Prison inmates receiving education lowering likelihood of return

Local (Utah/State News)

DRAPER, Utah (ABC4 News) – Education officials in Utah say roughly 70 percent of those in prison will at some point return. However, that rate is dropping with men and women who are taking higher education courses behind bars.

It’s an educational opportunity and a chance to earn an associate degree.

Through the Salt Lake Community College Prison Education Program, these female inmates are working toward individual change and a second chance at life when they return to society. 

Sawsan Whitelaw has been in the program since it began in 2017. She’s graduating soon and said the program has showed her what she can achieve.

“I have just learned so much and how much effort I’ve put into it just to get these good grades,” Whitelaw said. “Just right now I got some things back and I’m amazed at what I do.”

Even when it’s hard.

“There were some struggles. I’m telling you, that math class was the hardest class in two years I’ve taken, and I was so scared that I wasn’t gonna pass and how much energy I put forth in getting that grade, or getting any grade, or doing positive,” Whitelaw said.

And for Marina Navarro, it’s about personal growth and remembering who she is.

“Sometimes this place can get to you. And I feel like he reminded me of a part of myself and at the same time, I feel like this program has helped me grow,” Navarro said.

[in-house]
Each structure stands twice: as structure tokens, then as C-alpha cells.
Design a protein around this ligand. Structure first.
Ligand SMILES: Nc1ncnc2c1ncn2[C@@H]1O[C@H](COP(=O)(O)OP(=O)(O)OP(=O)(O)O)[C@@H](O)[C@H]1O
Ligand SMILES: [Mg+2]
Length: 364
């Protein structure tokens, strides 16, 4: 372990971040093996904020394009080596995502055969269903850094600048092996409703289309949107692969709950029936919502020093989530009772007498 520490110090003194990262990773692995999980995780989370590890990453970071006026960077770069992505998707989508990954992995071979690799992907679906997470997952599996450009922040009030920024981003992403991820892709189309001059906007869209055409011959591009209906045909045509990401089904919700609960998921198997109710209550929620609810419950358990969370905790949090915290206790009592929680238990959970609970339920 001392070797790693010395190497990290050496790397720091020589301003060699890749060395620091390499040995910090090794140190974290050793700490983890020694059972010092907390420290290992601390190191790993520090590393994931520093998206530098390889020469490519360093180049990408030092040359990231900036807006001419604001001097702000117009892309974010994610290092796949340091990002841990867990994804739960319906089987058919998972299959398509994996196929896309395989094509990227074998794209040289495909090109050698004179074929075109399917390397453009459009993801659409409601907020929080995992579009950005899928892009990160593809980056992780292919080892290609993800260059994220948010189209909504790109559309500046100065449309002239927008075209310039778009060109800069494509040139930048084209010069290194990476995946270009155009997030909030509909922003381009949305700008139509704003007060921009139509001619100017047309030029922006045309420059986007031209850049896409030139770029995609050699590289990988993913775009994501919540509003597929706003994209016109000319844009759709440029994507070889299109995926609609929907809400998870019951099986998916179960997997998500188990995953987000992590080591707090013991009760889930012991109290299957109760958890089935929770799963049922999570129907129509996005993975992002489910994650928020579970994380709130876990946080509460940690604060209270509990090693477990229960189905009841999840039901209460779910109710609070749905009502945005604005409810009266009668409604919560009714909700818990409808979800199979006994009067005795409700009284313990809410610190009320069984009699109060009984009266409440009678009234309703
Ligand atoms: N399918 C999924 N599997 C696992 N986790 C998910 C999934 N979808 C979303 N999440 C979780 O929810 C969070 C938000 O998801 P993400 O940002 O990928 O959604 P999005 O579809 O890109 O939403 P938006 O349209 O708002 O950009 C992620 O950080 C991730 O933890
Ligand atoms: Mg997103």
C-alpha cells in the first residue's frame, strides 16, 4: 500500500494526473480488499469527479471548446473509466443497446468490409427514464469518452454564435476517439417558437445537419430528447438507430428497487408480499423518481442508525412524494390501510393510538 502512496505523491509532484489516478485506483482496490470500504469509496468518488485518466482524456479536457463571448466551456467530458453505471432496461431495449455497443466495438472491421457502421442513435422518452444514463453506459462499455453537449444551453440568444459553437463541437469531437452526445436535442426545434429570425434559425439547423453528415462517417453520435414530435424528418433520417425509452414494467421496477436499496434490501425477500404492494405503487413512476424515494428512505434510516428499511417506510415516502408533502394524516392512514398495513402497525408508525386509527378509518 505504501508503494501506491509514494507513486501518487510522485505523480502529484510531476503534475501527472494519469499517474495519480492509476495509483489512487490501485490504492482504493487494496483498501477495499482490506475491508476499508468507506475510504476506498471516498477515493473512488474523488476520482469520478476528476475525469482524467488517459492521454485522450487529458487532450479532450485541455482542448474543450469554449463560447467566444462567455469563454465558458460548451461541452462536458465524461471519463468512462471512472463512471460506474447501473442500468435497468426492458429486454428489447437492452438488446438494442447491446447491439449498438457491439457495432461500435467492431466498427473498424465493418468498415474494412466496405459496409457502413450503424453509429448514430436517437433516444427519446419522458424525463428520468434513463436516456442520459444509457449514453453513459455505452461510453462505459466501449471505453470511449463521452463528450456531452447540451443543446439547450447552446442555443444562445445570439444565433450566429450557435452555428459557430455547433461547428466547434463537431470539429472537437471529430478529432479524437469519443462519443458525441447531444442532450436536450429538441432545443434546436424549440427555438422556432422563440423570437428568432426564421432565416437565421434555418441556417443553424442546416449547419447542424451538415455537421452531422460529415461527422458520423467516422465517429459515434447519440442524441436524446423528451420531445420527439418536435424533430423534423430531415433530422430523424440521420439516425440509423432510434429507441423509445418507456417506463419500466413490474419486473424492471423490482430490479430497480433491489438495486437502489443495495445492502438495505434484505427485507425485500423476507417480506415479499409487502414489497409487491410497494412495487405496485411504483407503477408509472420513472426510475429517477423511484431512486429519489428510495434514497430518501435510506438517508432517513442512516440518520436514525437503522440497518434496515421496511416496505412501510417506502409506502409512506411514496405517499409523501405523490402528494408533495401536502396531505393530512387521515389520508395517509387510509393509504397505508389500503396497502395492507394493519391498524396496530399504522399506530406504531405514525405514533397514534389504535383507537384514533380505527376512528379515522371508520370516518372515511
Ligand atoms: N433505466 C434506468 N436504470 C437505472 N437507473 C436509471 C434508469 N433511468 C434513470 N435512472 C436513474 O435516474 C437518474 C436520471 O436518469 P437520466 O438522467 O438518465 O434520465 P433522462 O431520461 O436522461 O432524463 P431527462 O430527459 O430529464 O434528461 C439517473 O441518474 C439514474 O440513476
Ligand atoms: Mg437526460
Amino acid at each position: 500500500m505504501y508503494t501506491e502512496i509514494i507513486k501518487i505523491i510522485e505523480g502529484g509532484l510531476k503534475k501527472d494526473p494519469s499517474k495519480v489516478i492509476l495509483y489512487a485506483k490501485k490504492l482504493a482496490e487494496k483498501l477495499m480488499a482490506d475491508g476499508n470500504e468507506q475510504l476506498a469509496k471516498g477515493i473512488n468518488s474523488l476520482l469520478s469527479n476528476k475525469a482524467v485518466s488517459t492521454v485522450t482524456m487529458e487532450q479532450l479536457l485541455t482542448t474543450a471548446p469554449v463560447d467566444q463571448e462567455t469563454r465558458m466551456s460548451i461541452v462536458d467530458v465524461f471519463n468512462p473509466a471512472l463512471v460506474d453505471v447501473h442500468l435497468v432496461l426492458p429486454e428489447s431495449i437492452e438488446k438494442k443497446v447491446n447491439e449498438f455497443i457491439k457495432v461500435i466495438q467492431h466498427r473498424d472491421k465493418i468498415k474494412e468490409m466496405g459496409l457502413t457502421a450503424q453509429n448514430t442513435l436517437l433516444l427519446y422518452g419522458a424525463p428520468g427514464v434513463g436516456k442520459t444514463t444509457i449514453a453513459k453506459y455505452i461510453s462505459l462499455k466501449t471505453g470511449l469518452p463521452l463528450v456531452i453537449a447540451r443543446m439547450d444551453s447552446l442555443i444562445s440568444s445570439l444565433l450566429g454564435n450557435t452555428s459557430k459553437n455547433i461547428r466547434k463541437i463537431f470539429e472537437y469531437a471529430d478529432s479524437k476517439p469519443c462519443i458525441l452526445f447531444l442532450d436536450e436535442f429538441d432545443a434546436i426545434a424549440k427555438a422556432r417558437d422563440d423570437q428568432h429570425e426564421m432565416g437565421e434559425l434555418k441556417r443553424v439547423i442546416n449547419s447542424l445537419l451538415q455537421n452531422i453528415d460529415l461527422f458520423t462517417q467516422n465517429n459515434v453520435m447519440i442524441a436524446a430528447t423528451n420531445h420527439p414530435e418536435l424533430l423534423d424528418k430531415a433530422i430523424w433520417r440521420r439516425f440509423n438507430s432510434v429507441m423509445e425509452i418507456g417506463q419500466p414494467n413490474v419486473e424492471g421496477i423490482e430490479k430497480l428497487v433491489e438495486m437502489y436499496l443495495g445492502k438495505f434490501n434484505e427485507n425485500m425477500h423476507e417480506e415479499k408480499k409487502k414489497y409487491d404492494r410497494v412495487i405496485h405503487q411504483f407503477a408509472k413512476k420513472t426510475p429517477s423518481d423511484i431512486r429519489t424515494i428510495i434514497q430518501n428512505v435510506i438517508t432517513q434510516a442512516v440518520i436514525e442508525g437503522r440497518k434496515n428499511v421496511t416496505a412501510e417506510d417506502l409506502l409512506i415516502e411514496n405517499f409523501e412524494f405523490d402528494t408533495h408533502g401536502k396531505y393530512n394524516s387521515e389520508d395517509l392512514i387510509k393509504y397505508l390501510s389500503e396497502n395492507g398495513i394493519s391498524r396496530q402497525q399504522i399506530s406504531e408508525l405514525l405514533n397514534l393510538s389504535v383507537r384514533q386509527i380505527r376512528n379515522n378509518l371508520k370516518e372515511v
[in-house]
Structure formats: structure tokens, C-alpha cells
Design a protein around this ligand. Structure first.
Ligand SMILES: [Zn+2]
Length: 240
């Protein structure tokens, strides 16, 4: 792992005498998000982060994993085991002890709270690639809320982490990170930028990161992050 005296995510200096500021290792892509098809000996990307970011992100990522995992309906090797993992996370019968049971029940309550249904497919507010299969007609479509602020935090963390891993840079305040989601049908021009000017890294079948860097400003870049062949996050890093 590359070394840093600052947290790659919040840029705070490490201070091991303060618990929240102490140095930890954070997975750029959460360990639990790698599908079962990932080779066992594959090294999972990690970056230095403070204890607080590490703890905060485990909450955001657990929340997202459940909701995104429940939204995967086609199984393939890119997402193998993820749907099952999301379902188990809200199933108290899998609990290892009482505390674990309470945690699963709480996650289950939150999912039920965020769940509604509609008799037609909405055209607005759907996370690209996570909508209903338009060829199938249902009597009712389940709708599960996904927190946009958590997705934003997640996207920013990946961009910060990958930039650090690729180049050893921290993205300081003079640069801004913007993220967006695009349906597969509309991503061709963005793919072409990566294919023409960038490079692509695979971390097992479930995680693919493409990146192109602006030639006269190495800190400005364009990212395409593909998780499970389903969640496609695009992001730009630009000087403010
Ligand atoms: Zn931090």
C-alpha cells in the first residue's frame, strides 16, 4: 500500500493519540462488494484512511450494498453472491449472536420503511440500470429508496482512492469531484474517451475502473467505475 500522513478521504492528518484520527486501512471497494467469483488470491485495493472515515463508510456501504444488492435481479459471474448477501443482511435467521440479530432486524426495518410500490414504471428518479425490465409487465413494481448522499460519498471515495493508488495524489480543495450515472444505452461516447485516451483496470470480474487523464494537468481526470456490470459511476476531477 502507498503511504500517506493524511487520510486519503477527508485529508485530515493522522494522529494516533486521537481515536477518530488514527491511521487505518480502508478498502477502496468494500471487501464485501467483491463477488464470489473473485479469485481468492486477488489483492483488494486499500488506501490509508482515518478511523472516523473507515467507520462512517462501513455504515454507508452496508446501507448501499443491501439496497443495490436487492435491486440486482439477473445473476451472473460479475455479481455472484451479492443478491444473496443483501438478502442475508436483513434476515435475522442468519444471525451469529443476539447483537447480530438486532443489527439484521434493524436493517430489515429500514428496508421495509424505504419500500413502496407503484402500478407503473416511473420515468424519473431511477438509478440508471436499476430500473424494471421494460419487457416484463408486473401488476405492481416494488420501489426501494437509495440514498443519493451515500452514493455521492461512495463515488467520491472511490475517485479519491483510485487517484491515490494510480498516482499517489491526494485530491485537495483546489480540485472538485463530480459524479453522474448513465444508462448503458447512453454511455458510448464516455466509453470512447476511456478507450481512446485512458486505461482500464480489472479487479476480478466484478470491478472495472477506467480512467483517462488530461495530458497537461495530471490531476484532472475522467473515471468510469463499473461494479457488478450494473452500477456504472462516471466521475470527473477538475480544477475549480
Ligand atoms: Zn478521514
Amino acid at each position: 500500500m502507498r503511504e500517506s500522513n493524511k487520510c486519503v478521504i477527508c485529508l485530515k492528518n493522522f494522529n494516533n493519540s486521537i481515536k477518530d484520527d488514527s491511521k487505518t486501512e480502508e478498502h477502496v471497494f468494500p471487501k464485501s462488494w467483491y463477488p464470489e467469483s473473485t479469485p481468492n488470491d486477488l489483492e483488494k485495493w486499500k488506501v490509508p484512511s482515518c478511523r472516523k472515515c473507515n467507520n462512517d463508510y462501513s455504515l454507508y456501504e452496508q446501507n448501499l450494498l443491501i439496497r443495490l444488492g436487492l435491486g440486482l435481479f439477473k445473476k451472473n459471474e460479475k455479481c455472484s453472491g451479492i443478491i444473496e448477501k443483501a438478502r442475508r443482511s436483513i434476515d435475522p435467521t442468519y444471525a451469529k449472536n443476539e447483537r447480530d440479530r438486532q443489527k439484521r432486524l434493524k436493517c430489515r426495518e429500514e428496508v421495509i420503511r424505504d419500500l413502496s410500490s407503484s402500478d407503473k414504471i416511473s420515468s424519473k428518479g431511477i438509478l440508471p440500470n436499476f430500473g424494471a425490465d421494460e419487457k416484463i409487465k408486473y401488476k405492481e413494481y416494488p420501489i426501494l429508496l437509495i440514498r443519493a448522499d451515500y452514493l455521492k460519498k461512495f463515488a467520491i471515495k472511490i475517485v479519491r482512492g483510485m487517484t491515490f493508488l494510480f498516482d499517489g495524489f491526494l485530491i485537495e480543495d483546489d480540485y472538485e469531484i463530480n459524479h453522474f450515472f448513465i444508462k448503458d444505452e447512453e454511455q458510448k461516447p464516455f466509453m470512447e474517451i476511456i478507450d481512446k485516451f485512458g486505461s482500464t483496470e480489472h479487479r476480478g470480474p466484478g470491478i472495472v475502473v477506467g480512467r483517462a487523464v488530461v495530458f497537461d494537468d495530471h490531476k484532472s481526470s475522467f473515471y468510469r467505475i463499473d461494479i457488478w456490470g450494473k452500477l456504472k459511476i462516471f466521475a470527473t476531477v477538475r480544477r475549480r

The prison education program is for men and women and director David Bokovoy said nearly 70 percent of inmates who earn a degree in higher education will not return. 

Making a difference for the public.

“It’s obviously a major financial drain upon the taxpayers. Not to mention the problems that it causes society as a whole,” Bokovoy said.

He says up to 90 percent of inmates at the Draper facility will at some point return to mainstream society. 

“They become our neighbors, our grocers, and we work with them in, and interact with them on a daily basis, and so we need to provide them with opportunities to change,” Bokovoy said.

While serving time in the prison may feel like a dead-end for some, Bokovoy said he believes the education program is helping inmates set their lives in a positive direction. The first set of students are set to graduate this spring.

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